I took some time to go back to the VIP area and watched In Flames play Cloud Connected with my friend Gunnar. I was more than a little disappointed by their deliver and so headed over to the artist bar to see what my Nympherno friends would be doing. We realized we’d have to separate because I wanted to see Superjoint Ritual and they wanted to see Korn… turns out they’re not girlfriend material fellows.
Anyway… Now we’re getting to the good part.
I stood backstage as Superjoint were loaded in and even helped out where I could. I exchanged a few words with Steve Taylor about the breakup of our friends in MOD and the enduring power of heavy music. You see- Steve is one of those guys who gets metal on a very fundamental level, probably just because he’s been doing it every day of his life for thirty odd years now. It makes him singularly interesting to talk to and is also strangely encouraging. The fact that a dude like him has been doing it for so long, and now gets to jam with one of the biggest names in the scene… It shows hard work pays off, y’know?
Around this time Phil Anselmo roared up to the backstage and shoved me “Get this fucking journalist out of here!” he cried. I was initially scared, had I offended this bear of a man? When I turned around to him laughing he pulled me into a massive bear hug. “You’re a good kid brother”. I noticed Kim Dylla had wandered up to the backstage and she gave me a smile and a thumbs up… perhaps I really was starting to crack my way into this elite club after all…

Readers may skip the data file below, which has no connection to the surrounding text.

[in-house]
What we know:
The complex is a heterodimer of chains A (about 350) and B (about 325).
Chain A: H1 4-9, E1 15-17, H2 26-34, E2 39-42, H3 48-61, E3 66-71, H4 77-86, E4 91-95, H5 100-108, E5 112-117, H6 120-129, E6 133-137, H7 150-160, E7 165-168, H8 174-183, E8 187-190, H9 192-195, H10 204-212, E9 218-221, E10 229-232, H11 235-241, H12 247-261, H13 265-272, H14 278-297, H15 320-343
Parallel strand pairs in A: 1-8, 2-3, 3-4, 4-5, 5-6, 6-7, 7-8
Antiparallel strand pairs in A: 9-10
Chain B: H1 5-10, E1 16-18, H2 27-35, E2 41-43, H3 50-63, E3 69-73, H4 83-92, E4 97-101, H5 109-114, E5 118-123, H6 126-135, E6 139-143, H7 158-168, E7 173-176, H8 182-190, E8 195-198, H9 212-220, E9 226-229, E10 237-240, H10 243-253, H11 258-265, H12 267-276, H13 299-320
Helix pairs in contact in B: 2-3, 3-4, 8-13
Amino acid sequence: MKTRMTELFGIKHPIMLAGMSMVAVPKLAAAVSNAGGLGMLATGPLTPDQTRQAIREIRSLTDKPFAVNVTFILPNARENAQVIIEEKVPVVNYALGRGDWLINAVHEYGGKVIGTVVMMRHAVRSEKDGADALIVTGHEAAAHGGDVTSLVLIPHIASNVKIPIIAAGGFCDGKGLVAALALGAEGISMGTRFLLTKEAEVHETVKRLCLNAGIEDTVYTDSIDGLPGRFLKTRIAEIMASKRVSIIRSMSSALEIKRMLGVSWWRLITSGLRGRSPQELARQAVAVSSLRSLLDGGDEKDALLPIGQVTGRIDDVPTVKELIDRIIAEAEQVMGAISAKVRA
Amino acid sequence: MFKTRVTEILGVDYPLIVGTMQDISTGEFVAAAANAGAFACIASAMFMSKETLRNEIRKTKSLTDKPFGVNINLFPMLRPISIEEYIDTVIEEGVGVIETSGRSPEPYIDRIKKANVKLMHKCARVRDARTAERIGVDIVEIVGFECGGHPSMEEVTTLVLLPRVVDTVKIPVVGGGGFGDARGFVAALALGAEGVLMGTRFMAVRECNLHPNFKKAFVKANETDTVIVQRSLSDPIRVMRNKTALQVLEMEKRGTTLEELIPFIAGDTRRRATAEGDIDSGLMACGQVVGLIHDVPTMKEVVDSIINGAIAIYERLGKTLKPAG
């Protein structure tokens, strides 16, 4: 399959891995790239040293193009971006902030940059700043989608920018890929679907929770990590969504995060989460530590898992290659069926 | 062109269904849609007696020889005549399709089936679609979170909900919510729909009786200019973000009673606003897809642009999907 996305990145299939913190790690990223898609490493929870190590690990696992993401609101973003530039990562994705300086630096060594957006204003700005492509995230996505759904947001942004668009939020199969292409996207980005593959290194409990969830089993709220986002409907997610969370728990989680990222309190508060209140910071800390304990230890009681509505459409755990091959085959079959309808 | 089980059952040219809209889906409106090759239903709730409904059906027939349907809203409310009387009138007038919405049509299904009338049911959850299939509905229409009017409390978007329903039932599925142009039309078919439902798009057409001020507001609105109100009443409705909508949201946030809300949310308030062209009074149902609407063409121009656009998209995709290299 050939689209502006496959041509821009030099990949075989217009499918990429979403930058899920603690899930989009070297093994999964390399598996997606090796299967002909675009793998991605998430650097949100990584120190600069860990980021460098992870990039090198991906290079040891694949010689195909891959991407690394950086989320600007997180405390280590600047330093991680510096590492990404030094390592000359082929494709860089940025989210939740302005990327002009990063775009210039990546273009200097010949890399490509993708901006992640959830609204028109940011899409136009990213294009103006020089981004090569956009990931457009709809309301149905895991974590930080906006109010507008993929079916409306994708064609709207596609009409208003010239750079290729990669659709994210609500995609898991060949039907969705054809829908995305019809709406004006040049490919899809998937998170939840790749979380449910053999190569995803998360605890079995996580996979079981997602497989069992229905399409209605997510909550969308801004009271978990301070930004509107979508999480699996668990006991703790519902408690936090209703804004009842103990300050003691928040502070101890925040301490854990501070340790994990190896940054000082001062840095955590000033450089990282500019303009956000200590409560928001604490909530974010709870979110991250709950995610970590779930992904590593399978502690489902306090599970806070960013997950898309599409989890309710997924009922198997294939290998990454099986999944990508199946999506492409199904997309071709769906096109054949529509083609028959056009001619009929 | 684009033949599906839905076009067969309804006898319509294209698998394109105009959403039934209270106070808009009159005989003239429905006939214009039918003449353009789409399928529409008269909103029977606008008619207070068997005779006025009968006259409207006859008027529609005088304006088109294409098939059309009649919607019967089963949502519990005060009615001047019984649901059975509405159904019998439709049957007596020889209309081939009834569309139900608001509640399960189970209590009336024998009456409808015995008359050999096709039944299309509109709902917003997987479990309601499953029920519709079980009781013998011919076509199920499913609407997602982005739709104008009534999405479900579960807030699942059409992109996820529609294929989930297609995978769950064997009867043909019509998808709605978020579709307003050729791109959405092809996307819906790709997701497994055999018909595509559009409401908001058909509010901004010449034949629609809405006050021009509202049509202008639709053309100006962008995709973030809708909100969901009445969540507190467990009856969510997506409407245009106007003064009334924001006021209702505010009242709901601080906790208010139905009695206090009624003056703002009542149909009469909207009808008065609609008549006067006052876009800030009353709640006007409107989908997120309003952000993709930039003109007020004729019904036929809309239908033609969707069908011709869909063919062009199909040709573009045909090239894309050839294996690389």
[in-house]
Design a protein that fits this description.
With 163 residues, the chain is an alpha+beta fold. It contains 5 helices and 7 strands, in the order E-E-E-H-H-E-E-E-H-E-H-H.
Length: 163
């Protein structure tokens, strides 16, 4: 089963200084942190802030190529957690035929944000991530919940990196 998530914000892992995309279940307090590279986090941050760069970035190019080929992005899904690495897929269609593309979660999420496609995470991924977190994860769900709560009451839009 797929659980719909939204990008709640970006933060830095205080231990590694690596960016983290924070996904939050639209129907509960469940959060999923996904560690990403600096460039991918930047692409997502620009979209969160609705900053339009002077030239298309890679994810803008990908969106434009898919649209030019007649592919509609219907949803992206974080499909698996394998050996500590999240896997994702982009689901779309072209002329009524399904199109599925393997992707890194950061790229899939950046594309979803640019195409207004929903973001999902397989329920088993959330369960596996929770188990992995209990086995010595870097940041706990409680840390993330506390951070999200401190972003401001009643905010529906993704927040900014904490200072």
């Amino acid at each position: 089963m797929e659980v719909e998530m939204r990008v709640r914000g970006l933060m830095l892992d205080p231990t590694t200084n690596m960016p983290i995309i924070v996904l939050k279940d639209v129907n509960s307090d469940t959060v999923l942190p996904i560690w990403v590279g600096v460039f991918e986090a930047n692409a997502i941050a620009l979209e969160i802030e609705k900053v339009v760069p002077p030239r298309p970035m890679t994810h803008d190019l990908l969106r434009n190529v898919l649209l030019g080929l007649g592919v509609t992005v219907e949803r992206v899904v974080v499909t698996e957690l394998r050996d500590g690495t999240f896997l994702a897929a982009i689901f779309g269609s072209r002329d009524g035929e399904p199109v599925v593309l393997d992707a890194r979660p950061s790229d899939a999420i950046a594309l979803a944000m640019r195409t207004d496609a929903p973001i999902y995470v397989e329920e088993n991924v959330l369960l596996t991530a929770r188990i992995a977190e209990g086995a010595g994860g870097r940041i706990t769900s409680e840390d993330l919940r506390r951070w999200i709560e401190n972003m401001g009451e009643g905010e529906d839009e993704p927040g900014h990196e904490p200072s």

Things quieted down once again, Kevin, one of the guitarists of Superjoint Ritual came around and said “Seven minutes till go time” to which Phil responded “Alright let’s get everyone in here” I backed off as I though he was gesturing at the members of his own band as well as those of Eyehategod and Weedeater who were congregated around. But he then pointed at me and shouted “Oh you’re not getting out of this The Enemy!” (Referencing of course Cameron Crowe’s semi autobiographical film Almost Famous) “Everybody put your hands in” He then led us in a sort of prayer with every line empathetically met with cries of “Amen” and “Hallelujah” from the rest of us. “Alright” Phil yelled with a smile on his face and a beer in his spare hand “On three we break, one, two, three, SUPERJOINT!”